Skip Navigation
UT wordmark
College of Liberal Arts wordmark
linguistics masthead linguistics masthead
Richard P. Meier, Chair CLA 4.304, Mailcode B5100, Austin, TX 78712 • 512-471-1701

Colin Bannard

Assistant Professor Ph.D., University of Edinburgh

Colin Bannard

Contact

LIN 393C • Language Acquisition

41605 • Spring 2014
Meets TTH 330pm-500pm CLA 0.108
show description

This course is an introduction to children's acquisition of their first language and to the cognitive and social processes that make this possible. Among the topics to be considered are infant speech perception and production, the origin and nature of children's early grammatical knowledge, the child's developing understanding of their social world and the role it plays in language development, the relative contribution of culture and biology to all of the above, research methods in the study of language acquisition, cross-cultural differences in the contexts of acquisition.

Texts:  A series of readings to be made available throughout the semester. Optional Text: Erika Hoff. Language Development.

LIN 373 • Child Language

41365 • Fall 2013
Meets MWF 1100am-1200pm CLA 1.108
show description

Overview of content

This course explores how children acquire their first language. Some example questions we will address are: How do children learn to recognize and produce the sounds of their language? How do they identify words and phrases in the babble of adults and figure out what they mean? How do they learn to put them together in new ways? What do young children understand about the thoughts and intentions of others, and how does this impact the development of language? How does language differ from the communication systems of other species and why? How is learning language different from learning to walk, ride a bike or play baseball? Do all children develop in the same way? Why are adults so much worse than children at learning languages? Do children understand sentences they can't say? Do children say sentences they can't understand? How can we tell?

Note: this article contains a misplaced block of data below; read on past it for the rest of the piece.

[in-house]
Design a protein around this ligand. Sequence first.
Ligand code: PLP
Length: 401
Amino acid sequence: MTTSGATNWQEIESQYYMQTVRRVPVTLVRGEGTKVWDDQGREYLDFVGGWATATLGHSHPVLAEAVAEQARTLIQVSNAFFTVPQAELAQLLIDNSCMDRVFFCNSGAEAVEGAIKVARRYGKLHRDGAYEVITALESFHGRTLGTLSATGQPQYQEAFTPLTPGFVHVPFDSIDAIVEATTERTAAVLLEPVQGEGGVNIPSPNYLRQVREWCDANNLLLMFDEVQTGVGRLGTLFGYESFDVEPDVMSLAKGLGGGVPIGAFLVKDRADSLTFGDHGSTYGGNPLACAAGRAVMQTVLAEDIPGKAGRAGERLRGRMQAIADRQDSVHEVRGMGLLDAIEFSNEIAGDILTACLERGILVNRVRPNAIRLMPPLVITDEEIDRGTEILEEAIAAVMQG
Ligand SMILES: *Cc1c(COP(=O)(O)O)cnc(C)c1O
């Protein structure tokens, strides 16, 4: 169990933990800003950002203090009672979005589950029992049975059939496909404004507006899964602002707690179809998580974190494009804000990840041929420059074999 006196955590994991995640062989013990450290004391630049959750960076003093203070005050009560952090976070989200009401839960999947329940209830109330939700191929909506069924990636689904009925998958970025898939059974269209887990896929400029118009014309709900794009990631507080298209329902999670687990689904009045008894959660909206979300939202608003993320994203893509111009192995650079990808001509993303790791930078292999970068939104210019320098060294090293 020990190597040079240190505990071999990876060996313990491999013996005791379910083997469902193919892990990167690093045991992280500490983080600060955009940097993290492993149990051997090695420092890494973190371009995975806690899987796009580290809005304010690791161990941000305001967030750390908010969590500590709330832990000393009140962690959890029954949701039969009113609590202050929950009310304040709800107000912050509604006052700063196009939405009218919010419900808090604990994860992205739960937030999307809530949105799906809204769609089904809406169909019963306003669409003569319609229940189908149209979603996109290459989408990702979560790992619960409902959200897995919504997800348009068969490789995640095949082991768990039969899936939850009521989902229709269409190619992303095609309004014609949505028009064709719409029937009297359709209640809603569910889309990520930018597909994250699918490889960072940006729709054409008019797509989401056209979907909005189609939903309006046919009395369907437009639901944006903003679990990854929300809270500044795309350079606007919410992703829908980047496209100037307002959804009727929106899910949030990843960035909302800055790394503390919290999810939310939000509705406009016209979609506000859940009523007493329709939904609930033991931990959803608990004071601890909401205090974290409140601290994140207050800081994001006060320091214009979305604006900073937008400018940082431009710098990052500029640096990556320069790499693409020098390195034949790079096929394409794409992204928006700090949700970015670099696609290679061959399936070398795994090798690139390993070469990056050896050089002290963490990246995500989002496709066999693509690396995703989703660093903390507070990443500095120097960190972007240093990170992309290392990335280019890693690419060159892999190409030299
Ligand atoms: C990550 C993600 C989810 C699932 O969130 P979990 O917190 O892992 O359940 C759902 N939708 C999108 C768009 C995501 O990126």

Course Objectives

By the end of this course you should be equipped to read, understand, evaluate and discuss current theoretical and empirical papers in the field of child language research.

LIN 393 • Uncertainty Hum Lang Lrn/Proc

41055 • Spring 2013
Meets TTH 1100am-1230pm GAR 1.134
show description

Languages are usually described using discrete tools like categories, rules, trees, wordsenses, truth conditions etc. Language in use, however, is a far less manageable beast.Categories are fuzzy, rules can rarely be applied in all contexts, and the relationshipbetween the linguistic form used and the information conveyed is only ever correlative.Learning, producing and understanding language requires the speaker not to internalizeand manipulate discrete symbols but to reason under uncertainty. In this course we willlook at what strategies people use to deal with this uncertainty. While the focus will be onthe psychology of language, learning and decision making, we will also address how wecan redescribe fundamental phenomena in linguistics, from phonology to pragmatics, interms of probabilities, and will be concerned throughout with the bigger question of whatit means to call language or knowledge of language probabilistic.

Course Objectives

By the end of this course you should be equipped to read, understand, evaluate anddiscuss current theoretical and empirical papers concerning probabilistic approaches tolanguage and its learning and processing.

LIN 373 • Child Language

40800 • Fall 2012
Meets MWF 200pm-300pm PAR 304
show description

Overview of content